Duane Stoltzfus, Goshen College professor of communication, speaks with Parker Palmer. (Siana Emery)

Goshen College hosts “Heart of Higher Education” conference with Parker Palmer

More than 75 professors and administrators from across the country met at Goshen College from June 24 to 27 for a conference, “The Heart of Higher Education: Living Between What Is and What Could Be,” in which the “inner authority” of educators emerged as a central theme.

The conference drew deeply on the work of the teacher, author and activist Parker J. Palmer, who participated in a keynote conversation.

“This conference matters in bringing together a small but highly committed group of people who recognize that higher education is falling short of its potential in critical ways,” Palmer said in an interview. “What’s coming out of many institutions after four years are not whole human beings, but people simply prepared for a task by job-training factories.”

Two decades ago, Palmer helped to found the Center for Courage & Renewal, which from the start was attentive to the spiritual nourishment of teachers on a path toward educating students as whole people. That experiment in sustaining the inner life of educators continues.

Conference participants were invited to consider:

  • How their inner lives and outer work are connected
  • How to bring their gifts and skills to what they do
  • How to fully engage in the purposes of higher education while pondering the gap between what is and what could be

“A theme that emerged through the conference is ‘inner authority’: How do I gather my own inner strength to speak in a way that other people will hear me?” said Marcia Eames-Sheavly, an educator at Cornell University and a conference organizer. “The conference reminds us that we have a strong foundation and that we are not alone.”

“The goal of our gathering is not to leave with a to-do list,” she said. “If anything, we might leave with a to-be list.”

Conference participants attended plenary presentations and also met in smaller community circles to reflect on ideas and challenges. Throughout the week, time was set aside for personal reflection, often with prompts, like “How would you name the courage you need for conversations you want to have with your colleagues, peers, students and community partners?”

Sharon Daloz Parks, an author and a senior fellow at the Whidbey Institute in Washington State, speaks at the Heart of Higher Education Conference.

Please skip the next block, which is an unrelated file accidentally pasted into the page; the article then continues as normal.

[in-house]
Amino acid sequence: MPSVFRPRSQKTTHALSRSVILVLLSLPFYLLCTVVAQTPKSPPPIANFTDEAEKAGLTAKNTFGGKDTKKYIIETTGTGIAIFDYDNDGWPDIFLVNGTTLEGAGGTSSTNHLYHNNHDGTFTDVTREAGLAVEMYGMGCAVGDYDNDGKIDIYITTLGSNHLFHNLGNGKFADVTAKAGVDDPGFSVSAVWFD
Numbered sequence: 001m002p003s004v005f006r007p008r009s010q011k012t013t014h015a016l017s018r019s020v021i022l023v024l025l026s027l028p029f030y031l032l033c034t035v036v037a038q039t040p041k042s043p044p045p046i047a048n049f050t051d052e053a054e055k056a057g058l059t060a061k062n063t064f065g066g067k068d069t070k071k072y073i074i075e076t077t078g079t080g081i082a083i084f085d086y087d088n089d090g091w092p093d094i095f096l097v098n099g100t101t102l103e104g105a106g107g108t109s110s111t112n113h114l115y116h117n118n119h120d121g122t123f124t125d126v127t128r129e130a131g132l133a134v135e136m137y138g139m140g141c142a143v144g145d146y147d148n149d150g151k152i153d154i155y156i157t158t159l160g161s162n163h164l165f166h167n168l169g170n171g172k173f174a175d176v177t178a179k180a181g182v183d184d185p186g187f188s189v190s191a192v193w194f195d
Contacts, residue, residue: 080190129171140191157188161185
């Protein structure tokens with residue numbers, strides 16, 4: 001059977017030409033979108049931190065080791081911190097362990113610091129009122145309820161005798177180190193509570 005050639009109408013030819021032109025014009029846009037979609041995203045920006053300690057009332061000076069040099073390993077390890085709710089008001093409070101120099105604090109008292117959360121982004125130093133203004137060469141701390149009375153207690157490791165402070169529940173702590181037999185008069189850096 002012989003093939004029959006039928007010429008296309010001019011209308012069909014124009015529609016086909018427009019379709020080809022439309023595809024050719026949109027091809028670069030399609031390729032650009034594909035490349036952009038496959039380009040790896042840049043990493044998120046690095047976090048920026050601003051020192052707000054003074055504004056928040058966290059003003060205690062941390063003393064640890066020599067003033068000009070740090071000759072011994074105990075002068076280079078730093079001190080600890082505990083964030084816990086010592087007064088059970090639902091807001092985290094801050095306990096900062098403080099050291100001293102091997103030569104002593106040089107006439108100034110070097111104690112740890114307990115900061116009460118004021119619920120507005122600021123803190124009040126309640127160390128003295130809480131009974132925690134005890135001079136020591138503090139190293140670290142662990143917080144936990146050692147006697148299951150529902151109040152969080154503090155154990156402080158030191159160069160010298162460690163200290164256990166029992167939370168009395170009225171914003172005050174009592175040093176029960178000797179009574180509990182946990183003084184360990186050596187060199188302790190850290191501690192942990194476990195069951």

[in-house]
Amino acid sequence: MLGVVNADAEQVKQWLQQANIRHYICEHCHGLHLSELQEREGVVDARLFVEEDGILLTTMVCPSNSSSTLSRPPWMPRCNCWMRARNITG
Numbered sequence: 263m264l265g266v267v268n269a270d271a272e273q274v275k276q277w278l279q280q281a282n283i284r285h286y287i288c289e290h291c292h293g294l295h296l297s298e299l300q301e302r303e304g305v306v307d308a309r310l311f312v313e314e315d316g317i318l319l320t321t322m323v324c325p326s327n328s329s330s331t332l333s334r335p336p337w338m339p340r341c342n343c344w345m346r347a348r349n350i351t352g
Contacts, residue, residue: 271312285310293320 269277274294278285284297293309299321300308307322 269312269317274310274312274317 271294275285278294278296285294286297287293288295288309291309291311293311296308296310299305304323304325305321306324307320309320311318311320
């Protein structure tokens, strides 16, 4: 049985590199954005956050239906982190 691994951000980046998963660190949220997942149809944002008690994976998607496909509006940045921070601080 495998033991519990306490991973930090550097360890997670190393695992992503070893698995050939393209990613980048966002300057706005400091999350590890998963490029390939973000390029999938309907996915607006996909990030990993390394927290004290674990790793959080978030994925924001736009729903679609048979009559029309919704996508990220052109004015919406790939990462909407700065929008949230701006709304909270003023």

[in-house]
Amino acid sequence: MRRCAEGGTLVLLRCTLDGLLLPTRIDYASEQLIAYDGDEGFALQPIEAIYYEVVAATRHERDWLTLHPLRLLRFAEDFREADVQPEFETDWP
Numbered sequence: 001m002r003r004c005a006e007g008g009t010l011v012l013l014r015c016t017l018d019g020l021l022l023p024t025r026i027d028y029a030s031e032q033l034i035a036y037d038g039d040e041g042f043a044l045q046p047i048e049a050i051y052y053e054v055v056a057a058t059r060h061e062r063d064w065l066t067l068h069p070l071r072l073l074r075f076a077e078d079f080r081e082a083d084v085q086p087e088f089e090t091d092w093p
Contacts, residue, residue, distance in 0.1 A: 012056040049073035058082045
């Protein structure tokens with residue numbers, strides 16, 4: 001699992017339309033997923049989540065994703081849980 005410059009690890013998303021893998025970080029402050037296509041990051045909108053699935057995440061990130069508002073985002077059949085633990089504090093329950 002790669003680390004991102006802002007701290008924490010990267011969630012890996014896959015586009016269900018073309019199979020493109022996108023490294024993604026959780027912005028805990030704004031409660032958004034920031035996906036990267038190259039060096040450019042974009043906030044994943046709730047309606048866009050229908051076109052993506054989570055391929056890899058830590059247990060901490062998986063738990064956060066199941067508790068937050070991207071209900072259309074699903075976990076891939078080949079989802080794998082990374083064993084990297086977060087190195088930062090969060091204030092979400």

Judy Skeen, a professor of religion at Belmont University who helped to organize the conference and presented at a plenary session, described the week as “soul work,” which includes “slowing down, quieting down, finding a rhythm of solitude and community, and opening ourselves to the possibility that what we need is already present.”

In another keynote presentation, Sharon Daloz Parks, an author who is principal of leadership for the New Commons and a senior fellow at the Whidbey Institute in Washington State, said that ours is “a hinge time in history.”

“We are facing unprecedented challenges: ecologically, economically, ecumenically,” she said. She spoke of colleges as “a mentoring community” in which students might be empowered to cross the gap from a place of conventional knowing, depending on one’s gut instinct to make sense of the world, for example, to a more systematic and discerning way of knowing. She spoke of having “the courage to be overwhelmed.”

“I think at base it’s a deep affirmation of the work that we do even though higher education itself is in crisis,” said Paul Keim, Goshen College Professor of Bible and Religion. “Sometimes you need reminding.”

Eames-Sheavly said that the Center for Courage & Renewal reached out to Goshen College President Rebecca Stoltzfus to host the conference in part because the mission and core values of the college “align so well with our work.”

“There’s a striving at places like Goshen College,” Palmer said, “a yearning to live into a model of higher education that is more about liberation than turning out workers.”

Kathy Meyer Reimer, professor and director of education at Goshen College echoed the sentiment of Palmer, noting that she believes the institution is uniquely well positioned to implement some of the practices demonstrated and discussed at the retreat. “I am very interested in bringing our full selves to our work not just our intellectual selves,” she said. “It was a privilege that we had this national conference on campus.”


— By Duane Stoltzfus, professor of communication, with contributions by Siana Emery ’20